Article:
In typical Los Angeles Raider style, the winning touchdown pass against Cincinnati was caught by a player who's been released twice.
And it was thrown by a quarterback probably known more in the past for his erratic play than excellence.Ethan Horton made a juggling catch of a pass from Jay Schroeder around the Cincinnati 15-yard line and then scored untouched to complete a 41-yard play with 8:52 remaining Sunday as the Raiders beat the Bengals 20-10.
The TD snapped a 10-10 tie and Jeff Jaeger's 25-yard field goal with 19 seconds left provided insurance in the Raiders' first playoff victory since Jan. 22, 1984, when they beat Washington 38-9 in the Super Bowl at Tampa, Fla.
Now, the Raiders are one win away from returning to Tampa, but that one win doesn't figure to come easy - they've got to beat Buffalo at Rich Stadium to qualify for the Super Bowl on Jan. 27.
Nine teams, including the Raiders, have tried to beat the Bills on their turf this season, and nine have failed, the latest being Miami, which lost 44-34 Saturday.
In fact, the Bills are 24-2 at home since the beginning of the 1988 season.
Cincinnati quarterback Boomer Esiason, for one, seems to believe the Bills will make it 10-0 and 25-2 in the AFC Championship Game next Sunday.
"They're really going to have their hands full," Esiason said of the Raiders. "The Buffalo Bills are everything they're advertised to be. In my mind, the Buffalo Bills are the team to beat."
For a while in the fourth quarter Sunday, it appeared the team for the Bills to beat might just be the underdog Bengals, not the Raiders.
Esiason threw an 8-yard touchdown pass to Stanford Jennings with 11:49 remaining to cap a 71-yard, 13-play drive and tie the game 10-10 and quiet the Los Angeles Coliseum crowd of 92,045 - largest in Raiders history and largest in the NFL this season.
Four plays later, the Raiders faced a third-and-20 play from their own 22-yard line. However, Schroeder hit Tim Brown near the right sideline around the Los Angeles 35 and Brown broke a tackle before finally being brought down at the Raiders' 48.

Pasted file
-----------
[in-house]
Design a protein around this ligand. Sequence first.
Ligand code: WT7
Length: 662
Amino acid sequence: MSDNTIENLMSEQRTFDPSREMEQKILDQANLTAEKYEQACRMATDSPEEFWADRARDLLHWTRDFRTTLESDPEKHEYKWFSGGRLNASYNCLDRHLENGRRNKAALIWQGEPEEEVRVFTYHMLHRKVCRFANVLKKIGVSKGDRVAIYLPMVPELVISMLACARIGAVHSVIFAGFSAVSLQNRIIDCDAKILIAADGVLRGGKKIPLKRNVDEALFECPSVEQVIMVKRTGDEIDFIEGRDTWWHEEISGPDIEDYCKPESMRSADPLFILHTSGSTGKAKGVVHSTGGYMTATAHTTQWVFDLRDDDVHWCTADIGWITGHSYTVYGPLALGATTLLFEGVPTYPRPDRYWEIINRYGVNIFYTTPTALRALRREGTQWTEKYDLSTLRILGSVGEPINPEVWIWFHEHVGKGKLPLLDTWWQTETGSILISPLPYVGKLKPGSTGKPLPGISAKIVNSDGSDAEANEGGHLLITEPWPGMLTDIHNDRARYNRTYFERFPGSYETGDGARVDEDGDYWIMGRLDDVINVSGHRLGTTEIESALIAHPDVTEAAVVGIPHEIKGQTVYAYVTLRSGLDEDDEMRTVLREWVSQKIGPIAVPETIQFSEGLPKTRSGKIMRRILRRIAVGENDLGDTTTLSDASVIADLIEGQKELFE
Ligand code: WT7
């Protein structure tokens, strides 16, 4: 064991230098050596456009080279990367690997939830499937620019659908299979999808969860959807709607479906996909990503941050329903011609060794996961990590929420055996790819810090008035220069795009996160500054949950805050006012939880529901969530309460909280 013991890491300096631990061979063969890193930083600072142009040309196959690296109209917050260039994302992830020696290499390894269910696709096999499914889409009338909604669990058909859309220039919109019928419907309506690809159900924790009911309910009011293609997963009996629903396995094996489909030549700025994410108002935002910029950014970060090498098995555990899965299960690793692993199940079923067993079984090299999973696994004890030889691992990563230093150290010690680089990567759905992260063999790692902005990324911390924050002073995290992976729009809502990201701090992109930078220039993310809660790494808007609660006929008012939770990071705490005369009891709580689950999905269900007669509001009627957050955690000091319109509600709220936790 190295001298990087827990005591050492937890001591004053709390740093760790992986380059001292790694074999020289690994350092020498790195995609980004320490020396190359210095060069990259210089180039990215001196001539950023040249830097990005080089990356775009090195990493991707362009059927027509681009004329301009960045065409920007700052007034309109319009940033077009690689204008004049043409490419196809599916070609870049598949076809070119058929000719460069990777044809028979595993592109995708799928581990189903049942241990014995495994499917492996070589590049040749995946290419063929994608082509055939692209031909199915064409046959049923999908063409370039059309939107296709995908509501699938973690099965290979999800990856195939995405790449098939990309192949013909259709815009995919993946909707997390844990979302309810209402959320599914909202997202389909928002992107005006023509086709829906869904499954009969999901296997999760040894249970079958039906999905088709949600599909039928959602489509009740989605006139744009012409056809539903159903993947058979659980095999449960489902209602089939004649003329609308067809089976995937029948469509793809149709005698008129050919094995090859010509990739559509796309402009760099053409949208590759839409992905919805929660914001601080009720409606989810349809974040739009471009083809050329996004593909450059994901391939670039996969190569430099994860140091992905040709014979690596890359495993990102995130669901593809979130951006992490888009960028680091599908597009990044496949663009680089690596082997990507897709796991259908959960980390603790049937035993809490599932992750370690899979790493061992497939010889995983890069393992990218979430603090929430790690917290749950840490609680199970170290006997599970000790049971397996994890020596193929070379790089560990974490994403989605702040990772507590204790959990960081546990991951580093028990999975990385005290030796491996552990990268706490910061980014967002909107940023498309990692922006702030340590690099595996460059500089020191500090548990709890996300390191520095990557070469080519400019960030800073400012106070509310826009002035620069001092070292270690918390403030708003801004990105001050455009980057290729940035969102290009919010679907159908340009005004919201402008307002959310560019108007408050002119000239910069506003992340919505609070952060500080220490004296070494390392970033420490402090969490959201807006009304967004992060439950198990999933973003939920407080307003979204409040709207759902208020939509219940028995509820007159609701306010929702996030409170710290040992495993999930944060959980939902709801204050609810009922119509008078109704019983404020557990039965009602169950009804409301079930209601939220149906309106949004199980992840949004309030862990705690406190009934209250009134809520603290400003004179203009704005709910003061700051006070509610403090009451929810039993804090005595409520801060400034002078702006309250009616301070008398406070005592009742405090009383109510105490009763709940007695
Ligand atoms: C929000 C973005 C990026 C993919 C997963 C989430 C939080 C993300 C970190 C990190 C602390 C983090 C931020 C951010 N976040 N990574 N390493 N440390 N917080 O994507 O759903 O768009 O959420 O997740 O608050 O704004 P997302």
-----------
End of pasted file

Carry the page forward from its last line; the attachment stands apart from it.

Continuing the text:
It was a 26-yard gain and a Los Angeles first down. Schroeder's touchdown pass to Horton came three plays after that and, as it turned out, the Raiders were home free.
"They caught us in man-to-man coverage and it was a perfect throw," Bengals coach Sam Wyche said of the pass to Horton. "We made them make a perfect throw, and that's why championships ought to go to teams that make those plays."
The Raiders had to struggle despite gaining 389 yards in total offense to only 182 for the Bengals, who were missing perennial All-Pro left tackle Anthony Munoz and left guard Bruce Reimers and got minimal play out of James Brooks, their best running back who dislocated his left thumb last weekend.
In addition, Brooks and Esiason, who completed 8 of 15 passes for 104 yards and a touchdown, both played with the flu."We played an excellent game in the sense that we didn't give up, we persevered even though we didn't take advantage of all our chances," Raiders coach Art Shell said. "We were determined that we were not going to be denied.
"They've said all year that the road to the Super Bowl goes through Buffalo. We're just happy to be taking that path."
Horton led all receivers in the game with four catches for 77 yards. It was the continuation of quite a success story - he was a first-round draft choice of Kansas City as a running back in 1985, but released by the Chiefs in the summer of 1986.
He played for the Raiders in 1987, was released by them in the summer of 1988, and signed by them again in May of 1989.
As a reserve tight end in 1989, Horton caught four passes. He took over as the starting tight end early this season when Mike Dyal suffered a hamstring injury and caught 33 passes for 403 yards and three touchdowns.
Schroeder, meanwhile, was a second-stringer when the 1989 season ended, benched in favor of Steve Beuerlein. But Schroeder has thrown all but two of the passes attempted by the Raiders this season. He was 11-of-21 for 172 yards and two touchdowns and one interception against the Bengals.
Two other Raider standouts Sunday were Marcus Allen, who rushed for 140 yards on 21 carries, and Greg Townsend, who sacked Esiason three times.
Allen played more than usual because Bo Jackson, who gained 77 yards on just six carries, was injured when he was tackled by Kevin Walker at the end of a 34-yard gain on the second play of the third quarter.
Jackson said afterwards that he had suffered a hip pointer and expected to play at Buffalo, where the Raiders blew a 24-14 lead early in the fourth quarter in losing 38-24 to the Bills on Oct. 7.
Allen gained 79 yards on 10 carries after Jackson went out.
"Whenever we need something done around here, it always comes down to Marcus Allen," Brown said.
"Bo and I always knew that if one of us got hurt, the other would have to pick up the slack," Allen said. "Today it was my turn."
The Bengals took a 3-0 lead early in the second quarter on a 27-yard field goal by Jim Breech.
The Raiders responded by moving 80 yards in eight plays, with Schroeder capping the drive by throwing a 13-yard scoring pass to Mervyn Fernandez. They took a 10-3 lead on a 49-yard field goal by Jaeger in the third quarter.
Now, it's on to Buffalo.
"It's going to be a chilling experience," Brown said. "I guess you could say we owe them one."